T: It happened by. It perchance found its way onto the set.

Y: Why is it murdered in the film?

T: Because look how small the film is.

Y: No, no, I have not seen it. I've never been in here. I was out in the lobby. I was shopping. I stayed home. I was out of town. I had the chicken pox.

T: The film was projected outside of your room.

Y: In the hallway?

T: In the garden. An outdoor screening. Outside of your room.

Y: Which version?

T: Both of them.

Y: Which one came first?

T: They played at the same time.

Y: Two screens?

T: One screen. In the garden. Outside your room.

Y: Side by side? Like Jennifer Reeves: Funny Games Funny Games.

T: No, atop one another, like Michael Snow.

Y: FGUANMNEYS?

T: No, FFUUNNYYGGAAMMEESS.

Y: This did not happen, not last year. I just heard someone say that it was freezing cold outside last year. All of the screenings were cancelled. We can check the weather report in the library.

T: That's what I said. Snow.

Y: Tu est fous! Mad! Superimposing the two Funny Games!

T: You have seen them both.

Y: I have seen only one.

T: You could not have stayed in the lobby, the tromp l'oeil decor, the columns. It was empty. Everyone was seated. Everyone was watching a movie. I forget the title.

Y: Funny Games?

Michael Haneke: Where were you?

Y: Oh, hi. Umm, I was there. I was seated in the theater.

MH: I looked for you.

Y: I was in the balcony.

MH: Oh, OK. I checked the balcony.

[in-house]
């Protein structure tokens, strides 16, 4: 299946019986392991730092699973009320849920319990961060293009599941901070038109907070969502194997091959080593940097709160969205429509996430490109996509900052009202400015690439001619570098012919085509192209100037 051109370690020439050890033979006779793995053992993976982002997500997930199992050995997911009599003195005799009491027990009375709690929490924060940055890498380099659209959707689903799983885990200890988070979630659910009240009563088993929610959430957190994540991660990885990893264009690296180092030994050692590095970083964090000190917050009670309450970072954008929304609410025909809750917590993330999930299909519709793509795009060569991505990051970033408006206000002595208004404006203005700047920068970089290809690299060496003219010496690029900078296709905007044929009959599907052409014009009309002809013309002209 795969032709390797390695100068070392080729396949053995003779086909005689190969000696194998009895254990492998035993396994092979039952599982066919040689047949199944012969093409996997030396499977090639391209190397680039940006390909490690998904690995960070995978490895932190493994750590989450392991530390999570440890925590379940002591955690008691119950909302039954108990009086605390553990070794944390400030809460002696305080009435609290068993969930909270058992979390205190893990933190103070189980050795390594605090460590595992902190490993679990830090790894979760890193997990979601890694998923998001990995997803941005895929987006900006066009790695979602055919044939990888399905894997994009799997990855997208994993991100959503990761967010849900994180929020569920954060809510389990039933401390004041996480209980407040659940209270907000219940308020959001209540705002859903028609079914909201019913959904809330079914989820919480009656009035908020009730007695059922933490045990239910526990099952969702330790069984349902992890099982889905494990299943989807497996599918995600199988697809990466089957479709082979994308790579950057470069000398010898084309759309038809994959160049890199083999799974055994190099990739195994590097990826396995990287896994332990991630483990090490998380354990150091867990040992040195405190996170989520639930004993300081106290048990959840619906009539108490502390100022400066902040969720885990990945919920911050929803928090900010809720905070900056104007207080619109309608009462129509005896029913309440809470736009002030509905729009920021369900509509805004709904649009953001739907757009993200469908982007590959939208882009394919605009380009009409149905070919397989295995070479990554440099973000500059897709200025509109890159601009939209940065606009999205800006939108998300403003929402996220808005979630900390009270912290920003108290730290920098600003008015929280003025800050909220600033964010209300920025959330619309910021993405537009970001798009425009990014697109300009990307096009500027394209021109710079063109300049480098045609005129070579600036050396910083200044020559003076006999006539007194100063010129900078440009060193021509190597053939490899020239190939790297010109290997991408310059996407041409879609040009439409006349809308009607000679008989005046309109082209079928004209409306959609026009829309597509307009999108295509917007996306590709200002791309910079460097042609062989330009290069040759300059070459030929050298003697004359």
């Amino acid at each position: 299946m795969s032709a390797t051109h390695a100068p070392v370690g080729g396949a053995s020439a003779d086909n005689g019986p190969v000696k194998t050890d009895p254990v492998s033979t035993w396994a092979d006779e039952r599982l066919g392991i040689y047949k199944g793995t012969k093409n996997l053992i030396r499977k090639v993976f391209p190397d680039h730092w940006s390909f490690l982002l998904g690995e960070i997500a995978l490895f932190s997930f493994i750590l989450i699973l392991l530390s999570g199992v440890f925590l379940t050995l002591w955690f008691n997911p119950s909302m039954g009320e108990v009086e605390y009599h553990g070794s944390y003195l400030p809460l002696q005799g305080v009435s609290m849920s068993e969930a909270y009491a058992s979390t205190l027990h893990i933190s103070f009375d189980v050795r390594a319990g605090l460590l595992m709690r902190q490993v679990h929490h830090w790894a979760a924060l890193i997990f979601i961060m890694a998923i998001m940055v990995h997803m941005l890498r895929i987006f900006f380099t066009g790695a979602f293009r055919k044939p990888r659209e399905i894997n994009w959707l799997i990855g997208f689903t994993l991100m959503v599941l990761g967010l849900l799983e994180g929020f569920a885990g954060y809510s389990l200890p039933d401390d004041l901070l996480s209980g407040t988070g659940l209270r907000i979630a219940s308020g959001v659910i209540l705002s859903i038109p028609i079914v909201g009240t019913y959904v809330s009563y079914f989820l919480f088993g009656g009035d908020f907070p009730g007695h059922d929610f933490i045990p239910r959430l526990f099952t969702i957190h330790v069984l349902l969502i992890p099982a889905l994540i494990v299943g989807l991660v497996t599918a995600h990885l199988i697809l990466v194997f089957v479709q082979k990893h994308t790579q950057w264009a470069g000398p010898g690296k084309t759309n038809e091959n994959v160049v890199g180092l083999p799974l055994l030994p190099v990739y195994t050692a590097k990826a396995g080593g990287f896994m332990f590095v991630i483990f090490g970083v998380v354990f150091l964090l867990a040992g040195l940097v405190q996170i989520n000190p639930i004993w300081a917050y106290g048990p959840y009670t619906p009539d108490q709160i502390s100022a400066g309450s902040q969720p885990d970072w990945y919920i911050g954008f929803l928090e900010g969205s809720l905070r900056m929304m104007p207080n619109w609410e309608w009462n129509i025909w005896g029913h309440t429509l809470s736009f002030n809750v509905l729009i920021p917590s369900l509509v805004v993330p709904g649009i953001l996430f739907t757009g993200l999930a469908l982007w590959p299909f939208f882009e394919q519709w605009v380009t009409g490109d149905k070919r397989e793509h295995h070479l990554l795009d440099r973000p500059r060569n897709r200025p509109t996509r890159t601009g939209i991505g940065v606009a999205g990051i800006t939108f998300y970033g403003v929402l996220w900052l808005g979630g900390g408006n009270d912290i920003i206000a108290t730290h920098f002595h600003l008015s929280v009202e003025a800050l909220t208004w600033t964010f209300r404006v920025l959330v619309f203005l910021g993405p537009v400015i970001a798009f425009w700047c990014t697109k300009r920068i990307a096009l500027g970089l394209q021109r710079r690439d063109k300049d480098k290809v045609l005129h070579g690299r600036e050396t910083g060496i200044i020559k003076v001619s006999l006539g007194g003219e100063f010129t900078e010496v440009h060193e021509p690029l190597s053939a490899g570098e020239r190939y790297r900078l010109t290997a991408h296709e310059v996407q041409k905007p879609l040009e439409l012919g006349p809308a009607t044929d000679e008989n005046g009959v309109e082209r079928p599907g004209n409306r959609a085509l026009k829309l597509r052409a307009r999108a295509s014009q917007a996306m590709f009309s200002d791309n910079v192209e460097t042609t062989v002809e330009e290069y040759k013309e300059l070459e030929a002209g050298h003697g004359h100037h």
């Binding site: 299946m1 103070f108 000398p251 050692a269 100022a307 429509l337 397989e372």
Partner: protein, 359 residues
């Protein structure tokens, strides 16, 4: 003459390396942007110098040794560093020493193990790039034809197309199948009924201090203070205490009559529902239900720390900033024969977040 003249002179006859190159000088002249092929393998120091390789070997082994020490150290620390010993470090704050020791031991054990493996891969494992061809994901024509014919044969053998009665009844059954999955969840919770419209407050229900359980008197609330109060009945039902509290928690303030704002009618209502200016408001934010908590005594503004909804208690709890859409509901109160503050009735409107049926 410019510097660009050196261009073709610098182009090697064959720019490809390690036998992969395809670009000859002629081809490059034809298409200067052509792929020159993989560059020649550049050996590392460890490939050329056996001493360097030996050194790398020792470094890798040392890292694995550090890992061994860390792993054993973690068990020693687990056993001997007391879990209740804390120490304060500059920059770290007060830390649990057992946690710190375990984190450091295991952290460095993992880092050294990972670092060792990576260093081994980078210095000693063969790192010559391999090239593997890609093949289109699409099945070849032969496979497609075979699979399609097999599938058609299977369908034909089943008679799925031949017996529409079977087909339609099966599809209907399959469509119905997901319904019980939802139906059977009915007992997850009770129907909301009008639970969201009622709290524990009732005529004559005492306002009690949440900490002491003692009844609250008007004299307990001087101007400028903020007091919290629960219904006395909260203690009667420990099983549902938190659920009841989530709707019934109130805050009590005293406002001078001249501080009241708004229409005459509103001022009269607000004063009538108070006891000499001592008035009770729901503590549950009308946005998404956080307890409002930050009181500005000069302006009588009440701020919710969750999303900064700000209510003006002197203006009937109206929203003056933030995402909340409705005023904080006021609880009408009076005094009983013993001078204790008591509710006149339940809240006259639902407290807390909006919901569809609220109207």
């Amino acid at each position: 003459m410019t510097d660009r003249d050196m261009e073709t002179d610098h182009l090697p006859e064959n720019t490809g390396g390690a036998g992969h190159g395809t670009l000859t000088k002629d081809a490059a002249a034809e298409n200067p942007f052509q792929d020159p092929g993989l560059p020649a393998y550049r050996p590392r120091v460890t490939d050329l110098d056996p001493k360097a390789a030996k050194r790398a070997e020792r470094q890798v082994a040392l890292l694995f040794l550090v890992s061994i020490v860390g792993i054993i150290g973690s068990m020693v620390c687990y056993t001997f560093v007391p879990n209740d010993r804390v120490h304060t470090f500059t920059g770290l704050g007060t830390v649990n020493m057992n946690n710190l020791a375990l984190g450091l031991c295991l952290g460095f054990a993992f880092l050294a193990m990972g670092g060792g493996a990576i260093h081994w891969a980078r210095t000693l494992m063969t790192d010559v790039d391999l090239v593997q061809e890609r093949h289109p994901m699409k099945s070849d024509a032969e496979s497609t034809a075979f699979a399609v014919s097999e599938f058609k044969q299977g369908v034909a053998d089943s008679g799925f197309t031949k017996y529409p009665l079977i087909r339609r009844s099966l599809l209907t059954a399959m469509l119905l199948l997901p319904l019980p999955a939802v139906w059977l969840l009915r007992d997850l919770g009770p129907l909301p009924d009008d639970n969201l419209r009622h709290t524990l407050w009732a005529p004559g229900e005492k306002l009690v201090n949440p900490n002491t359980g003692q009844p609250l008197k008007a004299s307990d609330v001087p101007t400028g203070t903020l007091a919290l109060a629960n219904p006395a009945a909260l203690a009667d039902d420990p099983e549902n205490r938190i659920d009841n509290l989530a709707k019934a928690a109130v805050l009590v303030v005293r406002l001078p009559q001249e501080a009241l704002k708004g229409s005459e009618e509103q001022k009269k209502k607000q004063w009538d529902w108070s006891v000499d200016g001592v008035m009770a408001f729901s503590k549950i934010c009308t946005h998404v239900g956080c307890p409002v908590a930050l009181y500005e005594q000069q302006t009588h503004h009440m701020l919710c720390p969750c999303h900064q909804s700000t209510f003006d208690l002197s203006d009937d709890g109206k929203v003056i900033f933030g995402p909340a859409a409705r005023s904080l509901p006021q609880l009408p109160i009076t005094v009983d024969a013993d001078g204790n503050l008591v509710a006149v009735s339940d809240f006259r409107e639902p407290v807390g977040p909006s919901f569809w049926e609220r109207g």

T: There was never any balcony, anyway.

MH: It was probably just a fainting spell. Drink this. You will not die. It's not poison. The sky is not yellow. It's chicken.

Y: Pox.

T: The man who may be Michael Haneke said he had a Q&A to attend. He left your room, and you listened for the Q&A to begin in the adjoining room, but you heard nothing.

Y: Naomi Watts shoots her tormentor with a shotgun.

T: That ending will not do. I must have them alive!

Y: I presume the 1997 version is the same?

T: All of his movies are the same. But I find this one to be unique.

Y: No, they are all the same. Shh! Be quiet. He's coming.

MH: Perhaps I can be of some assistance: my violent ruffians are a pox upon us all. But you encourage them with your thoughts and deeds. You disgust me.

Y: Stop staring at They like that.

T: The man who may be Michael Haneke, whilst staring at us like that, will leave your room. He will wait outside as we discuss his film, its white interiors, its clean-cut characters. It looks simple. At first. At first.

MH: Tell me which film to play first.

Someone: The first film is always better.

Someone: The last film is always better.

Someone: Michael Haneke always wins. It's a trick of logarithms.

Someone: He plays them simultaneously for his amusement.

Someone: Michael Haneke simply knows all of the outcomes in advance.

Someone: He's a hack. Damn impressive, though.

MH: The last spectator to leave the theater loses.

Y: I have not seen the earlier one.

T: You have!

Y: Except in my head.

T: You have!